Students Sadiq Balouch and Sofia Zakaria certainly don’t seem to need convincing. “We wanted an edge in our language class, so we took extra classes on our own at CLTC during our summer vacations,” they say. Luckily, the duo even has a Chinese friend who they practice speaking Mandarin with.
But by and large, many students are still blissfully unaware of the advantages of learning Mandarin. When asked if he would consider learning the language Hammad, a student of O levels responded: “Why Mandarin? What will I do in China?” This is a fairly common mindset as students are still more interested in going to the United States or the United Kingdom for further studies. “Arabic and French are the most popular languages in IBA, the former because of religious reasons and the latter because it’s a romantic language,” says Azra Bawany, a student at the IBA. “It doesn’t help that Mandarin is really difficult either,” she concludes.
Learning Mandarin is certainly quite a daunting task, what with thousands of written characters and four oral tones, variations of which can completely change the meaning of the spoken word. Merely reading a Mandarin newspaper requires one to know at least 2,000 pictograms. Khurram Jamali, a banker currently working in Beijing, has been speaking Mandarin for the past eight years but he admits that he can still only recognise about 4,000 characters out of a potential 106,000!
Back home in Pakistan, the search for qualified Mandarin teachers continues. “I am still looking for more teachers because the CLTC could not spare more than one teacher due to the popularity of the language,” complains Dr. Noor. That one teacher is Casey, who also teaches at the College of Business Management as well as at the CTLC itself. While she originally taught English in Beijing, she moved to Pakistan when she realised there was a growing demand for Mandarin teachers. “I know lots of people [in China] who are quite interested in teaching in Pakistan, but it all depends if they can be convinced to come here.”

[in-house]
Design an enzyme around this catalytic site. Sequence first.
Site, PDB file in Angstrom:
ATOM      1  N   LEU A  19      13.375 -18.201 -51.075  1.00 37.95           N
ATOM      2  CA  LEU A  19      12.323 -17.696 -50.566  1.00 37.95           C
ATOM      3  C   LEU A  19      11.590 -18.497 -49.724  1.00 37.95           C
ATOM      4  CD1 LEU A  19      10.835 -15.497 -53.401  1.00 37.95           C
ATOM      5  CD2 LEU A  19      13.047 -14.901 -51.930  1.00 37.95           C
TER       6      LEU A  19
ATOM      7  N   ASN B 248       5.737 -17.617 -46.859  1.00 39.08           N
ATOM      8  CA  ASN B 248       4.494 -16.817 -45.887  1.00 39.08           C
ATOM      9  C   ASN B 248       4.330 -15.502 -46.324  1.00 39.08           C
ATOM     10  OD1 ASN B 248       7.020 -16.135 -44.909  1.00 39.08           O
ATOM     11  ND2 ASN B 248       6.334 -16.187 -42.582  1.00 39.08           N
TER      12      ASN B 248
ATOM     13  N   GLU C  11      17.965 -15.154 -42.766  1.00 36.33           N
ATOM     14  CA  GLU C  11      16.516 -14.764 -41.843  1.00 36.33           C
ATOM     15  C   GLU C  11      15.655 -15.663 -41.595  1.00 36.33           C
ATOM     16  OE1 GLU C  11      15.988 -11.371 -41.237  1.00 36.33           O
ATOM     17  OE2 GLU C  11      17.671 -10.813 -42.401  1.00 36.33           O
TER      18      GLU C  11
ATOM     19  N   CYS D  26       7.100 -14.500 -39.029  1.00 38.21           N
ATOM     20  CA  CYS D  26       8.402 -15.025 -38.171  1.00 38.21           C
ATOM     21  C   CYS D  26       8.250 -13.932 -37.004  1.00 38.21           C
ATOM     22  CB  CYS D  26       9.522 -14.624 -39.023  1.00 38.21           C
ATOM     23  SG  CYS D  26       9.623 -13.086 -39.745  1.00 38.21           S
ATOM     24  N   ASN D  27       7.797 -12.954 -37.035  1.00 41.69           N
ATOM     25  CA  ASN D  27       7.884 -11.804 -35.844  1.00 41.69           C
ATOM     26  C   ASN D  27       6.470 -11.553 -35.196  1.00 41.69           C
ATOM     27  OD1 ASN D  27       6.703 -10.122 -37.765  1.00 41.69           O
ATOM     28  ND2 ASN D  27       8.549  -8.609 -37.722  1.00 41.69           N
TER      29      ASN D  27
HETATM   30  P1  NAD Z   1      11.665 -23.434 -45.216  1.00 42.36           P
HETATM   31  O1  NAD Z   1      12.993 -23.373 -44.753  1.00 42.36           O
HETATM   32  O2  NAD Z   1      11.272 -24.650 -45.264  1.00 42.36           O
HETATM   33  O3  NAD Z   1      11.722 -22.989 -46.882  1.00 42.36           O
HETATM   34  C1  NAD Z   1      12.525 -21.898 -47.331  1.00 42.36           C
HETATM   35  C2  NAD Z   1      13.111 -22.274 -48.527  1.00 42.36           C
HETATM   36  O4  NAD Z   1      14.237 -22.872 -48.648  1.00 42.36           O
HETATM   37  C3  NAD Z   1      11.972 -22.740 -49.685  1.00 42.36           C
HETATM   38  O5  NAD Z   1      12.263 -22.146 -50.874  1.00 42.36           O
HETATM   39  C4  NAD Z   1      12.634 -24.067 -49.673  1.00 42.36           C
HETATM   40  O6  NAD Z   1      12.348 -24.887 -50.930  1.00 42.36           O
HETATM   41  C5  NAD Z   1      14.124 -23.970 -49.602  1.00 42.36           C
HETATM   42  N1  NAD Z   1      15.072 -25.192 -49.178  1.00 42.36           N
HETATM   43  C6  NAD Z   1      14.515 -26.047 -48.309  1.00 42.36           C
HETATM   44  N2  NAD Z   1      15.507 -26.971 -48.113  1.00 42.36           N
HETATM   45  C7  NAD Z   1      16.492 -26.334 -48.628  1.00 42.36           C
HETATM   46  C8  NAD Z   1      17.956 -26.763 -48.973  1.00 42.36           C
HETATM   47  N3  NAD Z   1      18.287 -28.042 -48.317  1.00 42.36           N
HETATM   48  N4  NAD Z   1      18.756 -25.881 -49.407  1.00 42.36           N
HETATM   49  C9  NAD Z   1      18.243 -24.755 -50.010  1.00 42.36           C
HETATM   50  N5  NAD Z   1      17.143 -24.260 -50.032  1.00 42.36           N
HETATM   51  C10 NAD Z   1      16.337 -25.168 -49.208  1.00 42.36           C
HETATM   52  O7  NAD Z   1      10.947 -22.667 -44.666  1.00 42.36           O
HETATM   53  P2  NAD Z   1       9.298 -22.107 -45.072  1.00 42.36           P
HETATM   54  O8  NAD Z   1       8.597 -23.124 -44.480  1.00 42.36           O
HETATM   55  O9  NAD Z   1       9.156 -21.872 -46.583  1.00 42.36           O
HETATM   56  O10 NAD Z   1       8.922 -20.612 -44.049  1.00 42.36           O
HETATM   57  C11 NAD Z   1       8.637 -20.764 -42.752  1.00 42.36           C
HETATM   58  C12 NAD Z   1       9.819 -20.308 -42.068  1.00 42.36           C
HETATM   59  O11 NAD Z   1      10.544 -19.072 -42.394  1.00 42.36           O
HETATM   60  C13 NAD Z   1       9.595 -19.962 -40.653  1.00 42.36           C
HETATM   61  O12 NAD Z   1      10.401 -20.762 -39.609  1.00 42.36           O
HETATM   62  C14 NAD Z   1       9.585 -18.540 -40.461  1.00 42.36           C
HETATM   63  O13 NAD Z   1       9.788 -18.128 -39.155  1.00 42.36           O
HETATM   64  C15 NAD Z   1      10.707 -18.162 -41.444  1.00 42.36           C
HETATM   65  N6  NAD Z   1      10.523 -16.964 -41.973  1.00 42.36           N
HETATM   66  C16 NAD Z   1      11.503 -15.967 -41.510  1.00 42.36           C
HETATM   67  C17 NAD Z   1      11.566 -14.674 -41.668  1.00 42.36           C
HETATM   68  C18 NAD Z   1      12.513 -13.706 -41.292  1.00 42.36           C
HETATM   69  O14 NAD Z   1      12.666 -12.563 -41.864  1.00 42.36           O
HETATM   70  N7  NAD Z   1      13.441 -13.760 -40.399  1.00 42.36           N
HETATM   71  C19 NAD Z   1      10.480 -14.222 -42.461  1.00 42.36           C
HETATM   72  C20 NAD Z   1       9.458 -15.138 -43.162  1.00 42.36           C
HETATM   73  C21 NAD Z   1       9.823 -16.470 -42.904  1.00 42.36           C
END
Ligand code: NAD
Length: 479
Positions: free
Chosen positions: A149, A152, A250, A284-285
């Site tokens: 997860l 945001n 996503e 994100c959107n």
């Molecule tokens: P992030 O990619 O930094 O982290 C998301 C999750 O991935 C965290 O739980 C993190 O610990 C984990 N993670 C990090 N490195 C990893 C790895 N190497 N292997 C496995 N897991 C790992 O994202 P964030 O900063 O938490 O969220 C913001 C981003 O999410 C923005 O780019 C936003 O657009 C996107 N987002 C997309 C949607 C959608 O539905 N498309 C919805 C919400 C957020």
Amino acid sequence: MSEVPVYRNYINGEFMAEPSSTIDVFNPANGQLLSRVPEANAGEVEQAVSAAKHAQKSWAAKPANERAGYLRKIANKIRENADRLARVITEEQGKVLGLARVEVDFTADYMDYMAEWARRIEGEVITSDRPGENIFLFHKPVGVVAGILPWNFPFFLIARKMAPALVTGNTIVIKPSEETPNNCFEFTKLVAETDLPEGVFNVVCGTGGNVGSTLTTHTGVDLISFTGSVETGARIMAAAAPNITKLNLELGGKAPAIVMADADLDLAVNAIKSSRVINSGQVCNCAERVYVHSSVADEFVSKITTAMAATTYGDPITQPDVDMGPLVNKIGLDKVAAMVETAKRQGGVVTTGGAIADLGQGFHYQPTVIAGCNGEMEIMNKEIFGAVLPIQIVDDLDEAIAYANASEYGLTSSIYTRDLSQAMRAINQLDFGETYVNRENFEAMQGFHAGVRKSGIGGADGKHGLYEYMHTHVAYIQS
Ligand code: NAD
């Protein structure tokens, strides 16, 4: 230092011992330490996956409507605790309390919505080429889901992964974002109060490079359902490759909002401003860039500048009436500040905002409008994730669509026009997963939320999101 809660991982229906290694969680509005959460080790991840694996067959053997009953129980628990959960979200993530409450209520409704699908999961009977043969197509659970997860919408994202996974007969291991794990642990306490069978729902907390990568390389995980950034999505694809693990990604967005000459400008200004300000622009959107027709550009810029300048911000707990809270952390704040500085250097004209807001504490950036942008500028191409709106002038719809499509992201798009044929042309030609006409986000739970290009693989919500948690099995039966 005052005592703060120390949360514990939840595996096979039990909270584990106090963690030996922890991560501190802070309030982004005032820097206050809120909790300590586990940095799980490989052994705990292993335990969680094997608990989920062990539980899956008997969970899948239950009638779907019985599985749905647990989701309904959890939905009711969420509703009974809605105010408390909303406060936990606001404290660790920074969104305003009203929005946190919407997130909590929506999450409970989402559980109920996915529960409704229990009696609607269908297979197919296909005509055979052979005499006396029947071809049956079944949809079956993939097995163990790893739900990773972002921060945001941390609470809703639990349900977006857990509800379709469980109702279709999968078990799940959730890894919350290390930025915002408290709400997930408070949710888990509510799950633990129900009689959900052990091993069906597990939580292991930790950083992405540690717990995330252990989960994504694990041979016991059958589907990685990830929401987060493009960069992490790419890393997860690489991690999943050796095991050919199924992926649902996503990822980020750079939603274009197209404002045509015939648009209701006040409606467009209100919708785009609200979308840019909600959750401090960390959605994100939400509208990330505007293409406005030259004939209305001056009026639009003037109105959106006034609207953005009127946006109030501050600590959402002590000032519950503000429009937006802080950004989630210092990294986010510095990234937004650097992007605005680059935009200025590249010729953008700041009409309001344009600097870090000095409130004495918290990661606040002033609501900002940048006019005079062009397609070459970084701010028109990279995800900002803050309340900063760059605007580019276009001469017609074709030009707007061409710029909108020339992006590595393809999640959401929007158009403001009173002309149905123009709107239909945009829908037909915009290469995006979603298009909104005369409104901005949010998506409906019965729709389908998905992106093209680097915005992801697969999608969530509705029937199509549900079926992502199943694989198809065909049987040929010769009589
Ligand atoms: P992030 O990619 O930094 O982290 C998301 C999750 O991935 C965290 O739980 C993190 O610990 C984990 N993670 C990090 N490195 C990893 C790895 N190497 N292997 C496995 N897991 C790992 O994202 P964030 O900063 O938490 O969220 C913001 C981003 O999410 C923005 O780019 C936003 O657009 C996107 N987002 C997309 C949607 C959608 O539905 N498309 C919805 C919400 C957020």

At the moment, most schools have to make their own arrangements when it comes to finding teachers. In 2011, the Roots school network decided to start Mandarin classes and ended up flying in two teachers from China to head the project and teach full-time. At Lahore’s Aitchison College, the Mandarin programme is now at an advanced stage with around 900 students learning the language. Aitchison has even sent 10 students to China for intensive language courses and has signed a memorandum of understanding with China’s Honder College under which four teachers have been contracted to teach Mandarin.
But for students, enthusiasm can only take you so far. Learning the language in a country with barely any Chinese presence is even harder, as students who do not have anyone to practice with, and language is generally a ‘use it or lose it’ proposition. “They really need someone to practice speaking the language with, which is extremely important when one is learning Mandarin,” says Casey.
But for those who persevere, there are certainly rewards in store. Not only does Pakistan-China trade stand at $7.4 billion right now, geopolitical imperatives mean an even closer relation between the two countries can be seen in the future. Not to mention that learning the language can also be a profitable venture.
Nisar Karim started learning the language six years ago after he realised that he could make a career out of it. He now provides interpretation services to Chinese businessmen and is paid handsomely for his services. “Chinese corporations are constantly visiting the country for business nowadays and my services are often required,” he says with pride. “Since no one here speaks Mandarin, business is really booming.”
Published in The Express Tribune, Sunday Magazine, June 10th, 2012.
More in Life & StyleForgiven but not forgotten